Malaysian teen jailed over Facebook post insulting royalty

By: Southeast Asia Globe editorial - Posted on: June 9, 2016 | Current Affairs

A 19-year-old man to serve one year for Facebook posts in a sentence seen as unfair and disproportionate

A 19-year-old Malaysian labourer has been jailed for one year under a computer crimes law for insulting one of the country’s royal families on Facebook.

A man using the social networking site Facebook on his phone. Photo: EPA/Luong Thai Linh

Although it is not clear what he wrote, local media reported that Muhammad Amirul Azwan posted remarks deemed derogatory against the royal family of Johor during March and April.

Muhammad, from the state of Kelantan, was convicted on Tuesday under the Communications and Multimedia Act 1998, which prohibits people from posting content online that others might find abusive or distressing. The law carries a maximum sentence of one year in prison and a MYR50,000 ($12,400) fine.

Even though it is a parliamentary democracy, Malaysia has system of constitutional monarchy in which Islamic sultans serve as ceremonial royal rulers in 13 states.

The Sultan of Johor’s family is rich and powerful, even possessing a private army. Yet the crown prince, Tunku Ismail Sultan Ibrahim, 32, is seen as something of a rebel. He often posts on social media and late last month he said that he did not agree with the arrest of people for insulting comments.

“I would humbly share my opinion with the police not to arrest anyone making seditious remarks about me,” Tunku Ismail said in an interview posted on the Johor Southern Tigers football team’s Facebook page. The team is owned by the prince.

“Most Malaysians are shocked at the length of the sentence,” said James Chin, director of the Asia Institute at the University of Tasmania, Australia. “What is interesting is that the person who was insulted has gone on public record [to say] that he prefers to meet and talk to his detractors rather than there be police action.”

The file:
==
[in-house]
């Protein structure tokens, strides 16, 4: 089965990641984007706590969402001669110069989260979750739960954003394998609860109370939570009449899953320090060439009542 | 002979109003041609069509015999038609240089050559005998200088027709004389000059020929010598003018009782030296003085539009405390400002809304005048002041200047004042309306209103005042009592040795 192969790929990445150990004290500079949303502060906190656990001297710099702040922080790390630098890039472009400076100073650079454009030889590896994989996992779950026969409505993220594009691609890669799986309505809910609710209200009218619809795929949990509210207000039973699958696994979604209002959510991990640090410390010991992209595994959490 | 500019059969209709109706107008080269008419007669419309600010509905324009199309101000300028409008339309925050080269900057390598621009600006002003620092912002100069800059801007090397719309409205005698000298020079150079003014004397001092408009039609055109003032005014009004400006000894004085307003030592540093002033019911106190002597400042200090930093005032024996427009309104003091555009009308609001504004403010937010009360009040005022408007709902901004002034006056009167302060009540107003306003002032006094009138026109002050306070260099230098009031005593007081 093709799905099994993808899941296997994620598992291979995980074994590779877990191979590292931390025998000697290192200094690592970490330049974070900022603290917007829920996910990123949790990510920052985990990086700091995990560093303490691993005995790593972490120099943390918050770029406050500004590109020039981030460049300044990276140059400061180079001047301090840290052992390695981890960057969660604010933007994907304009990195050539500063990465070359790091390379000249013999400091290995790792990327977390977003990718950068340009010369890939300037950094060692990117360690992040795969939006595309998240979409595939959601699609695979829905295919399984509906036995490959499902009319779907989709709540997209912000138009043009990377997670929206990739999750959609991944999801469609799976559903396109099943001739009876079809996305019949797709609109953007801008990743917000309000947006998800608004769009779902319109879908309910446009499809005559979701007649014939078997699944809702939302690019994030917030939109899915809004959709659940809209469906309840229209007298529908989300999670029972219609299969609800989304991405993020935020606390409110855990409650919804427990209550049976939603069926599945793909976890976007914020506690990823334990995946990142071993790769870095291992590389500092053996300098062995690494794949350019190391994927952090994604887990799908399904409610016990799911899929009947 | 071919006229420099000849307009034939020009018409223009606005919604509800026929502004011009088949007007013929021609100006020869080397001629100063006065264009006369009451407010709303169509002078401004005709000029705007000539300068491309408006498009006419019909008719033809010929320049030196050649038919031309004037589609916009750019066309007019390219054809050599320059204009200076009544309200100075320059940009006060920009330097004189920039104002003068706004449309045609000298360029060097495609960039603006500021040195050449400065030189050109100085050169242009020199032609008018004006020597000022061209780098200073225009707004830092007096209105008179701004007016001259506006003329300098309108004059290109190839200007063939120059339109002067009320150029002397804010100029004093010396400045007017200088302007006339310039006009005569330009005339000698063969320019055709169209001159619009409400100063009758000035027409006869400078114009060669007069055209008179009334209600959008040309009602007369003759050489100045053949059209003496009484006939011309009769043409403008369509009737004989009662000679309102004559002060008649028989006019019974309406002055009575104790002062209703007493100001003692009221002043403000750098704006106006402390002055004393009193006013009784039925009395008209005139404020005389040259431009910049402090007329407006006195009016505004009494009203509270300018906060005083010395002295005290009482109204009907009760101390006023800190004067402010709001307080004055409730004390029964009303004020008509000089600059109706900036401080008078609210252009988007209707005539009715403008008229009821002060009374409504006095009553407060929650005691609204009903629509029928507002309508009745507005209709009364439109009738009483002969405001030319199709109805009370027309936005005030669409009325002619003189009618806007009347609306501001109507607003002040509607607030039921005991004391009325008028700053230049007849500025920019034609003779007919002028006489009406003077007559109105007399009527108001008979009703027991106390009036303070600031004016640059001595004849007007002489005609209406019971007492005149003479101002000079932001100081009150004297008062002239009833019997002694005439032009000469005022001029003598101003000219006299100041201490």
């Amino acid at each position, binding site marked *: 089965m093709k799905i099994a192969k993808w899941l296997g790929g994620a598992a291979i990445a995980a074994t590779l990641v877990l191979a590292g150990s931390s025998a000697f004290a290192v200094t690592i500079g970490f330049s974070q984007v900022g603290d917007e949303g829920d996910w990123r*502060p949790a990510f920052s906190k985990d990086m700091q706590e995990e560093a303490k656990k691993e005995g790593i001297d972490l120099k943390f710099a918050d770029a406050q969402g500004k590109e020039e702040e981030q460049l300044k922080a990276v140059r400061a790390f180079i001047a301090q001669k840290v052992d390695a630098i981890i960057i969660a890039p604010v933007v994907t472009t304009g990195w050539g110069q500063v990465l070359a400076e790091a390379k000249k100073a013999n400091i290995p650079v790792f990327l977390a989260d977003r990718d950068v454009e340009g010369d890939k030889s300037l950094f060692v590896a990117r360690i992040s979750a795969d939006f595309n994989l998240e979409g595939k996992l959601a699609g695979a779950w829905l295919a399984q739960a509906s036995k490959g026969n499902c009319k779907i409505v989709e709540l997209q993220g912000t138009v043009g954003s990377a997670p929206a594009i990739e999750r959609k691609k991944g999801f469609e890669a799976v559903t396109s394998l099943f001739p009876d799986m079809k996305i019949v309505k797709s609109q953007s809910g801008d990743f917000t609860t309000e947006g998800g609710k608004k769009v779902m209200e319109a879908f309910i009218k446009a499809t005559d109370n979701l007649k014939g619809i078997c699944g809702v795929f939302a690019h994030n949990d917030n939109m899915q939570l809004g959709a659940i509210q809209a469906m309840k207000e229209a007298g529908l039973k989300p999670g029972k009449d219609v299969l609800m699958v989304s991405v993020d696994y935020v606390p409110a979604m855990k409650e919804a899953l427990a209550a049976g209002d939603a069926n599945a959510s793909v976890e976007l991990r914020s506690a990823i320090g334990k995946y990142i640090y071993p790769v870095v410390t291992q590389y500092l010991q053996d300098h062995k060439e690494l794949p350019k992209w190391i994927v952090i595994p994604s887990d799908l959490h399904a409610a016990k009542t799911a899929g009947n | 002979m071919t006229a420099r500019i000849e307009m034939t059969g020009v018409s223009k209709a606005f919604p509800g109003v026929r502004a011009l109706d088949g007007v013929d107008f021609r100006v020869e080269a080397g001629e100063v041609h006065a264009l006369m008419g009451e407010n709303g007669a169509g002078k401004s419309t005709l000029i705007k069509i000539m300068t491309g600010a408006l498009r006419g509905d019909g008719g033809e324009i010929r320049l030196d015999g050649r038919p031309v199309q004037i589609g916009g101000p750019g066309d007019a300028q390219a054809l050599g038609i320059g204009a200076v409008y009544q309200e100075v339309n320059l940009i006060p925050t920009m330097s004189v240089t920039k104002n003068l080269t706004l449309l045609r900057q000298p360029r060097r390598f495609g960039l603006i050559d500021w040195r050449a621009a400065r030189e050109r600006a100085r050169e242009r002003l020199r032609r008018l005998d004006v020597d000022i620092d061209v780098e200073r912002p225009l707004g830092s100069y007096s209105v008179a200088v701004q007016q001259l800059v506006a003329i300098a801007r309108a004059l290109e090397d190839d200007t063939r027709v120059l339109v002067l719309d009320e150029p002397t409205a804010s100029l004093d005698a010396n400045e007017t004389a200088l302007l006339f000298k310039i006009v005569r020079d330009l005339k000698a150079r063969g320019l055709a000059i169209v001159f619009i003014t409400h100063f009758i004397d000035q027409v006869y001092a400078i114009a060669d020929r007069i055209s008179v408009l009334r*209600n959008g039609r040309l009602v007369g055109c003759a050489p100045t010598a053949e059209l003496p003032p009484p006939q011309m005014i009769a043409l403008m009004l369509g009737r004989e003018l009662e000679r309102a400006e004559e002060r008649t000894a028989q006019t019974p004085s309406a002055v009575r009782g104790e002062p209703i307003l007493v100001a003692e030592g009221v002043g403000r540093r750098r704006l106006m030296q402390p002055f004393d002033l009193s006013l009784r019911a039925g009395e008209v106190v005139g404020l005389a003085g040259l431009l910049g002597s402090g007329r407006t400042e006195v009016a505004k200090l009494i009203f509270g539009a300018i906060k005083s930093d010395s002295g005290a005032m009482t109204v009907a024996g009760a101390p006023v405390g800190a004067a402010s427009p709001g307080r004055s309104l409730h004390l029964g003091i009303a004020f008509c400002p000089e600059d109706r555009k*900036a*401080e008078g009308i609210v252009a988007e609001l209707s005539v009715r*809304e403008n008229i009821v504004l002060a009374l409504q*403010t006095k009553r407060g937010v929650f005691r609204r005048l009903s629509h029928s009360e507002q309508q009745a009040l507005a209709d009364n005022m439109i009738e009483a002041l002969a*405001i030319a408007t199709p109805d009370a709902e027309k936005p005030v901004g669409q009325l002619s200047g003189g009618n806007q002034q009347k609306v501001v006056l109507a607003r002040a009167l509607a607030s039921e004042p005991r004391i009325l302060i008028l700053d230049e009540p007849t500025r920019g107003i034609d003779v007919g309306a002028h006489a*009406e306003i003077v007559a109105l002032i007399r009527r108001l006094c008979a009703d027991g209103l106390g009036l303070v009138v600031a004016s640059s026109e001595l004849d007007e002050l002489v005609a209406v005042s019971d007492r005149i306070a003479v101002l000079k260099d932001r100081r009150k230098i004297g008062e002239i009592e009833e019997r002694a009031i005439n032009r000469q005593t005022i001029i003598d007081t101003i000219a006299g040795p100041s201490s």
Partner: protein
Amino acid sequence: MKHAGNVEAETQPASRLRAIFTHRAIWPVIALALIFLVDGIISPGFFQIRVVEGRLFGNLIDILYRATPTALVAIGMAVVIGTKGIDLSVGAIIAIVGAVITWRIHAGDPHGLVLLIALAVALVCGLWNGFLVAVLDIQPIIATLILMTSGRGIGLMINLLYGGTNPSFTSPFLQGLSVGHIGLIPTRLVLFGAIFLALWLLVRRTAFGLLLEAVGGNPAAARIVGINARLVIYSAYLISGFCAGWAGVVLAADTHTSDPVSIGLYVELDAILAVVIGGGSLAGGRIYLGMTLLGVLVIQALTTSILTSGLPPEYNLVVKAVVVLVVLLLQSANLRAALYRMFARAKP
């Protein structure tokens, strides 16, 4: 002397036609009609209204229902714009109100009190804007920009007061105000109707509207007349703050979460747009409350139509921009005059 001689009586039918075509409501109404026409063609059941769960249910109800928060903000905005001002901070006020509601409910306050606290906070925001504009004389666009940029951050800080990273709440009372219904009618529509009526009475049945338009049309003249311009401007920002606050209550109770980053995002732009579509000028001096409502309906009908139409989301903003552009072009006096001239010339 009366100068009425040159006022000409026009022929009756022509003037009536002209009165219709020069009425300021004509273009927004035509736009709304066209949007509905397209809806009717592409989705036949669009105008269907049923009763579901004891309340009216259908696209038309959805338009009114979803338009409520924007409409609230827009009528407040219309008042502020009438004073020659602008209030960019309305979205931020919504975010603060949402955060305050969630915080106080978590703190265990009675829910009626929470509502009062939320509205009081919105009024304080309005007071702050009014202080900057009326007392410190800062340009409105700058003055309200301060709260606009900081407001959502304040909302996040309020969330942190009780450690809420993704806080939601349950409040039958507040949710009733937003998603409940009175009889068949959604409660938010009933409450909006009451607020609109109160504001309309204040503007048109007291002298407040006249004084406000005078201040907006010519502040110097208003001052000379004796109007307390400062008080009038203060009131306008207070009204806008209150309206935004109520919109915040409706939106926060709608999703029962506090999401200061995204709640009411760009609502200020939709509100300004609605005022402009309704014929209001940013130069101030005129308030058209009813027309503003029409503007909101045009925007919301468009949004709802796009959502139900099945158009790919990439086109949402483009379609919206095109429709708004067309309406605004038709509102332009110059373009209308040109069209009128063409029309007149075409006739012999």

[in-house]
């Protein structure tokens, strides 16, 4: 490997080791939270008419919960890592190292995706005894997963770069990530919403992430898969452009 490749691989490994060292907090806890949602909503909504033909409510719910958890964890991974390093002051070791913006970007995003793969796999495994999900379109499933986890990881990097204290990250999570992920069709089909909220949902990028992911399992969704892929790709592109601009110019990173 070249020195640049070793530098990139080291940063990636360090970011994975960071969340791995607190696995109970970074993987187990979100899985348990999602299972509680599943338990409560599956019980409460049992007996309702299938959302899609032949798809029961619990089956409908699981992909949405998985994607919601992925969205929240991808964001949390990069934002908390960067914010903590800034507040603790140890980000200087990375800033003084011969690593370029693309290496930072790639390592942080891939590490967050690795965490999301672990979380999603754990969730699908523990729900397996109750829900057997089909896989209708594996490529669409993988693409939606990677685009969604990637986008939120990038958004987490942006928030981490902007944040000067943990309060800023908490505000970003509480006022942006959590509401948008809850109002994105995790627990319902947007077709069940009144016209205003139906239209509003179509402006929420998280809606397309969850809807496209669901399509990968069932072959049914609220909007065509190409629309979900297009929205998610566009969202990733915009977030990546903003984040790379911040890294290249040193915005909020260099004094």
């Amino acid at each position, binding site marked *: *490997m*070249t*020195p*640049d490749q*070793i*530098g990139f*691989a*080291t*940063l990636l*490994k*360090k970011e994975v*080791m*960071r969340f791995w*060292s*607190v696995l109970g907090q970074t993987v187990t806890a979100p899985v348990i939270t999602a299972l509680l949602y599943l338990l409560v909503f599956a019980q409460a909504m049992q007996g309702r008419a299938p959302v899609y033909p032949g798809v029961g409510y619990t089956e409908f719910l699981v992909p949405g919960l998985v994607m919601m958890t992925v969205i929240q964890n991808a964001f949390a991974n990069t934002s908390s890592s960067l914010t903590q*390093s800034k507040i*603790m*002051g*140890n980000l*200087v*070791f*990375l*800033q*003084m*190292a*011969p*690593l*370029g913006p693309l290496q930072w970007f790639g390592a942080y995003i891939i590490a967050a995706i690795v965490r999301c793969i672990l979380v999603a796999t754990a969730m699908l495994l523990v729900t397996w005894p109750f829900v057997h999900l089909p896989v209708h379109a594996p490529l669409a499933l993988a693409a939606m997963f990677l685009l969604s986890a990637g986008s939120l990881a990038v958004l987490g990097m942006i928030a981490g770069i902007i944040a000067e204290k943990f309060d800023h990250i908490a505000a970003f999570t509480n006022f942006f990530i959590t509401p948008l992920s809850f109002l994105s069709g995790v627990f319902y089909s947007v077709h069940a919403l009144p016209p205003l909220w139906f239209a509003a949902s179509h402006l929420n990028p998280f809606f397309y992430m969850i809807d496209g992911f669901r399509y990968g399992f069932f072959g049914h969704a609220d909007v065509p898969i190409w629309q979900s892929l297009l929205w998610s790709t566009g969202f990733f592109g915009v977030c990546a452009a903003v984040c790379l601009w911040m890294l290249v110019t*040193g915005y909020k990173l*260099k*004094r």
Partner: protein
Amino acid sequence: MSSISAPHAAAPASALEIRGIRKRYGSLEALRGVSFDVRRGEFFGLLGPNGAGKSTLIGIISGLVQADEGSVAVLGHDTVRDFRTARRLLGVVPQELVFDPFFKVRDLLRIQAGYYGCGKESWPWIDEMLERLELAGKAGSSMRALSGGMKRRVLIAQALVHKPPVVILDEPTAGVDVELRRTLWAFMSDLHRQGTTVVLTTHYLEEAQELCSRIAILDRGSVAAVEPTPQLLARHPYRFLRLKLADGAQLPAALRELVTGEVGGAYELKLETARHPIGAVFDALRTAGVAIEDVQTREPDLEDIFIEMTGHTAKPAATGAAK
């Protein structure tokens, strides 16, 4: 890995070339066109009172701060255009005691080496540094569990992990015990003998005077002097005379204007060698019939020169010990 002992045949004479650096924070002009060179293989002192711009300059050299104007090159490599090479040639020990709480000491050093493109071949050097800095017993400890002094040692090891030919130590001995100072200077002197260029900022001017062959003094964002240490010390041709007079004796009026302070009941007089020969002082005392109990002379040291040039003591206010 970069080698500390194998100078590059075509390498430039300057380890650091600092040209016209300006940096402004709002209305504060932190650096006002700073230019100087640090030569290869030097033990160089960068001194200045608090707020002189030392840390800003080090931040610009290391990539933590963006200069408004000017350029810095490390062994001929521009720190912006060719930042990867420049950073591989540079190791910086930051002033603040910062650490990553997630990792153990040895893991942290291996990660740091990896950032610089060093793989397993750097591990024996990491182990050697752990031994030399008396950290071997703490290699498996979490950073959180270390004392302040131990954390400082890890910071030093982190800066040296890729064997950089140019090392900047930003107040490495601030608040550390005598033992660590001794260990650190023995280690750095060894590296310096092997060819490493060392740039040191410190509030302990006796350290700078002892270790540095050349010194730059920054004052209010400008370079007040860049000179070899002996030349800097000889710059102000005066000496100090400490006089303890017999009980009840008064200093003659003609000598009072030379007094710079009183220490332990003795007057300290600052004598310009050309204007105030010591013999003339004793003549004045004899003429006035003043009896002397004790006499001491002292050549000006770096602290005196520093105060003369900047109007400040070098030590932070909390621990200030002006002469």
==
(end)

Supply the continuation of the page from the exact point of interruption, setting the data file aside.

Other public figures have spoken out since Muhammad’s conviction. Yesterday, civil liberties lawyer Syahredzan Johan said it was not the state’s business “to ensure feelings of important people are not hurt”. And former law minister Zaid Ibrahim tweeted: “Multimedia Act is to protect the aristocracy, top leaders? I got insulted all the time, and so are many others. Whats the big deal?”

Muhammad is not the only one to be convicted or pursued under the legislation. Last month, two people were arrested for insulting Tunku Ismail, prompting his recent response. And on Monday, artist Fahmi Reza was charged under the same laws for a cartoon he drew of Malaysian Prime Minister Najib Razak as a clown. The image went viral after it was posted online. Fahmi has pleaded not guilty.

“[Muhammad’s] sentence is a reminder that the police are keeping a close watch on social media and that there is no free speech in Malaysia,” said Chin. “The problem here is the selective action taken by the police. You can be charged if you are poor or with the opposition. If you are rich and connected, there is a strong chance that you will get away with hate speech.”

Greg Lopez, a Malaysian research fellow at Murdoch University’s Asia Research Centre in Perth, Australia, agrees. It is “obvious’ the laws are being used selectively, he said. Furthermore, they are being used at a time when the United Malays National Organisation (UMNO), the senior party in the ruling coalition, is weak.

“UMNO is using the tried and tested image of [being the] protectors of Islam and the Malay race through the protection of their symbols – the Malay royalty, Malay culture and Malay language,” said Lopez.